Pete, Lucy and Vicky Barton get together while Lucy is near the small town traveling for her book tour; she is staying in Chicago, but is able to rent a car and drive from there to the small town to see her family. While they are sitting in the house talking, some pretty dreadful memories get brought up by usually Pete or Vicky, but all of these troubling memories cause Lucy to have a panic attack in the house and demand that her siblings stop talking about all of those bad experiences. She has to enlist their help getting her back to Chicago, but it seems as though Lucy cuts her visit short after Pete and Vicky start talking about their not-so-fond memories of living in the house with their parents. If this is how Lucy responds each time she visits with her siblings, then it’s no wonder she rarely returns home. Dottie Blaine owns a bed and breakfast which she has been running for years; this is the same bed and breakfast that Mr. Charlie Macauley stayed in years ago and it’s where he met Dottie who remembers him as being in unmistakable pain, but could never figure out what it was that was bothering him or causing him so much pain. She is the sister to Abel Blaine and has one of the least scandalous stories in the novel. Dottie houses two guests who happen to be acquainted with Annie Appleby.
Readers learn about the Appleby family and what it was like for Annie growing up. How she was different from her siblings and other kids her age at the time, how she enjoyed doing different things such as reading, spending time in the woods alone and other behaviors. She ends up leaving the small town also and becoming a fairly famous person, but when she returns as an adult, she finds out a pretty shocking secret her father had kept from the family for years. However, after learning this information, Annie is able to make sense of why her father was so adamant about her staying out of the woods and not going into the woods exploring by herself. Lastly, we learn a little bit about Abel Blaine – the second sanest person in the story. Abel has a family to include grandchildren whom he loves and would do anything for. Abel is probably one of my favorite characters in the novel because his story seemed the most realistic and he seemed like a pretty normal guy. Although everyone in the story had some sort of traumatic or simply rough childhood due to poverty or other problems, many turned out ok and some even excelled past the expectations they had for themselves or that others had for them.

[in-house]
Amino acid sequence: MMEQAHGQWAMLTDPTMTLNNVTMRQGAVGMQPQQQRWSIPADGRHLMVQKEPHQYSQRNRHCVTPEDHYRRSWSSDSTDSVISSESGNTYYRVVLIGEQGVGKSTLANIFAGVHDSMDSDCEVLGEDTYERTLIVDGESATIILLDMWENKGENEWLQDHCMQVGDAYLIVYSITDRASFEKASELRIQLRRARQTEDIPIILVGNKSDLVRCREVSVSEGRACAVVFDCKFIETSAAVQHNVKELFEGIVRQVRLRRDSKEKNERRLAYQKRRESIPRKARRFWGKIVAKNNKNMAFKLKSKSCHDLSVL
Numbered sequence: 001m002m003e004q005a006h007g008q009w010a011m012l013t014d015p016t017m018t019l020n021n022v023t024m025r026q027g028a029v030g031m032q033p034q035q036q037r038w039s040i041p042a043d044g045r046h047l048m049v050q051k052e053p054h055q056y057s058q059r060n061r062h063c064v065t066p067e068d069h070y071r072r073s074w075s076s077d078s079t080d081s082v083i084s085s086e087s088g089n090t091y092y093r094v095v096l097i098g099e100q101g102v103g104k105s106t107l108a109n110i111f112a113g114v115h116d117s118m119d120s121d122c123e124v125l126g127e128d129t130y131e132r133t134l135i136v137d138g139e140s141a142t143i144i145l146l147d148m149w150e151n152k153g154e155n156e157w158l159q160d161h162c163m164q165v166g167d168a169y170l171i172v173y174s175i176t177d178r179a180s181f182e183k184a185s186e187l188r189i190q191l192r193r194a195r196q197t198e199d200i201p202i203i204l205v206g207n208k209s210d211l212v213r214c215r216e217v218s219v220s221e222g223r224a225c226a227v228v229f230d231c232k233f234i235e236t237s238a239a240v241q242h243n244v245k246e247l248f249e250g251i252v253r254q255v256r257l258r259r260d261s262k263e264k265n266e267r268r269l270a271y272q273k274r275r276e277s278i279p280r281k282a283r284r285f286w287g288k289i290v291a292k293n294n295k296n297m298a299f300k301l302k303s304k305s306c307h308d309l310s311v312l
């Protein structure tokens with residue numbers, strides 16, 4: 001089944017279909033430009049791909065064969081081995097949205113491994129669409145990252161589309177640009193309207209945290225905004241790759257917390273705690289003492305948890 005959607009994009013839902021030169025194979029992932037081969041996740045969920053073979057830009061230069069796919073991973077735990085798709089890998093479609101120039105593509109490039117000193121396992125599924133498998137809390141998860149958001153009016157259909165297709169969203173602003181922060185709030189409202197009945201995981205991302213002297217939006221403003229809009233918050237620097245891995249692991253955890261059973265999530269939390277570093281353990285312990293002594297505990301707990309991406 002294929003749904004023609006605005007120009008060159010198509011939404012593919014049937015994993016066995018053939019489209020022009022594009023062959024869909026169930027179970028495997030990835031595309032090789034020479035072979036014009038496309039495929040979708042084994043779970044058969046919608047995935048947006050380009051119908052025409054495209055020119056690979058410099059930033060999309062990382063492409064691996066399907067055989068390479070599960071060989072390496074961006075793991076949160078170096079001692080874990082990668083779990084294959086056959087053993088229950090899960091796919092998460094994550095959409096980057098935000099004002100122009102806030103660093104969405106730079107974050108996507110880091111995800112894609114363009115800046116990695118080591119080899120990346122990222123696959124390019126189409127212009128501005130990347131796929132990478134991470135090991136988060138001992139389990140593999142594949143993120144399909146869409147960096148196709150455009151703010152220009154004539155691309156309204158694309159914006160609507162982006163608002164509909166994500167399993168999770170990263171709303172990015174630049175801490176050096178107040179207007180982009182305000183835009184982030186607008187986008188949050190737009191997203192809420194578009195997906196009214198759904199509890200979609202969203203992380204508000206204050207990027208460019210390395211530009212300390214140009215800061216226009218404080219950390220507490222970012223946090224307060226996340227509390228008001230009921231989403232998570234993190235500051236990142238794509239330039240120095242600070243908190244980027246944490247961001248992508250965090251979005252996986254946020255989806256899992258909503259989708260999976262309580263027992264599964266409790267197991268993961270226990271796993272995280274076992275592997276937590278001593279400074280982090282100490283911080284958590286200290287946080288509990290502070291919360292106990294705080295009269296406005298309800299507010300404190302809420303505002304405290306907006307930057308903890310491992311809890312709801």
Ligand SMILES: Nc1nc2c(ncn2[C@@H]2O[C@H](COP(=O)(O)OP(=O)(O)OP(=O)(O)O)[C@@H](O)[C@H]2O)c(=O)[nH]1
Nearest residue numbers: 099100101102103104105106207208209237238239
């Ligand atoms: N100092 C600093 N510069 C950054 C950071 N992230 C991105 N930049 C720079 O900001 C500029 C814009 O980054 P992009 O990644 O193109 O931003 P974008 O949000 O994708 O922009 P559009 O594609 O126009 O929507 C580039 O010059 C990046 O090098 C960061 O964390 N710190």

Overall the book is ok, but kind of boring at times. Some stories were interesting to read, but others were just annoying and bad – like the story of Charlie and his mistress. I don’t agree with adultery and it didn’t endear Charlie to me in any way. I actually felt sorry for his dutiful wife sitting at home thinking he’s going out to get the mental health treatment he so desperately needs, but instead he’s out spending time with some tramp he thinks he’s in love with. Major eye roll on that one. Or what about the story of Linda Peterson-Cornell? Seriously, what kind of wife helps her husband commit criminal sex acts with a guest, thereby helping her husband cheat on her? Who, in their right mind, would do that? I simply cannot wrap my head around that and no explanation will help. I’m not a fan of the ending either – what is going on with Abel on a medical level? Is he having a heart attack? If so, what is the degree or level? Is it a massive heart attack? Did he make it to the hospital alive? Were the doctors able to identify the problem and save his life? I don’t really like an ending that leaves me wondering if the character is alive or dead. Was the author too lazy to write that much of the novel? Anyway, I didn’t like this novel better than My Name is Lucy Barton, but it did inspire me to be a bit more choosy about the books I grab by Elizabeth Strout because not all of her books are created equal.
I would recommend this book to fans of Elizabeth Strout or her style of writing and avid readers looking for a book to help them crush their reading challenge. I purchased a paperback copy of the book at Barnes and Noble a few years ago when they were having a sale on certain paperback books – a buy two get the third one 50% off or free or something like that. B&N has the paperback available for $15.50 or you can grab a hardcover copy for $7.00. However, knowing what I know now about the book, I probably wouldn’t have purchased a new copy of the book and would have tried to find a copy at my local library first. I definitely wouldn’t pay full price for the novel again after reading it, but I would check it out from a library or purchase it at a used bookstore for about $10-$11 cheaper than in big retail book stores.